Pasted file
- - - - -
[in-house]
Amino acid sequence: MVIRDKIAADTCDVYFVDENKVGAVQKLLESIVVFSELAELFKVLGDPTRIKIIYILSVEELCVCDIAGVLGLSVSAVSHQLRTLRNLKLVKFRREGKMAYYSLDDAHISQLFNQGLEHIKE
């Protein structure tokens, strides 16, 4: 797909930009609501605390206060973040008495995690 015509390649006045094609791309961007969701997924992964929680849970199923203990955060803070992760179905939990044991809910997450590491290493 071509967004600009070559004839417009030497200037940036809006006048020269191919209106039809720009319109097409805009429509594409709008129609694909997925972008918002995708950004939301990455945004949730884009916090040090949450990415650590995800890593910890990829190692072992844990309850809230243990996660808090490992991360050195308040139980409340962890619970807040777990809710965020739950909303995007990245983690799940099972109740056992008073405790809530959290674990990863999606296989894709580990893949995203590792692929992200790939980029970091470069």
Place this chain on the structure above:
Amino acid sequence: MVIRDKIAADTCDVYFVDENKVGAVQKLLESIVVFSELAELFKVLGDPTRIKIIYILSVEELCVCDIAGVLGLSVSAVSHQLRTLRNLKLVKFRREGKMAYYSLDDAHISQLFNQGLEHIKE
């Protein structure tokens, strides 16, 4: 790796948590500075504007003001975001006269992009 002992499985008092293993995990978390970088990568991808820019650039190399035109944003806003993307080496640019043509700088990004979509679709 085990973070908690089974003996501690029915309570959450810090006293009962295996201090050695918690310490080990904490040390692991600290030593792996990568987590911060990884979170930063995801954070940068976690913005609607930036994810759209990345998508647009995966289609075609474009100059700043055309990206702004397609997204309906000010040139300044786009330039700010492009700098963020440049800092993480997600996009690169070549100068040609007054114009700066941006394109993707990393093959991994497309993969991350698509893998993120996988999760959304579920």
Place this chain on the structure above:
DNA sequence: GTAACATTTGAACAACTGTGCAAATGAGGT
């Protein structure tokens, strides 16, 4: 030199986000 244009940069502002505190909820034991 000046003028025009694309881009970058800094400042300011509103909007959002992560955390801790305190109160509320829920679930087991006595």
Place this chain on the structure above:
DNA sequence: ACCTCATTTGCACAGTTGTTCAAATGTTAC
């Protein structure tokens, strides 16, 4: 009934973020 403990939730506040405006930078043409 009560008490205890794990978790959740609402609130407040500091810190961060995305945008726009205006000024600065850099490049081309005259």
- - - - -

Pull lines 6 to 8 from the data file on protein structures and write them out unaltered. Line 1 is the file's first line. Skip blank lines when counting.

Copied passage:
């Protein structure tokens, strides 16, 4: 790796948590500075504007003001975001006269992009 002992499985008092293993995990978390970088990568991808820019650039190399035109944003806003993307080496640019043509700088990004979509679709 085990973070908690089974003996501690029915309570959450810090006293009962295996201090050695918690310490080990904490040390692991600290030593792996990568987590911060990884979170930063995801954070940068976690913005609607930036994810759209990345998508647009995966289609075609474009100059700043055309990206702004397609997204309906000010040139300044786009330039700010492009700098963020440049800092993480997600996009690169070549100068040609007054114009700066941006394109993707990393093959991994497309993969991350698509893998993120996988999760959304579920």
Place this chain on the structure above:
DNA sequence: GTAACATTTGAACAACTGTGCAAATGAGGT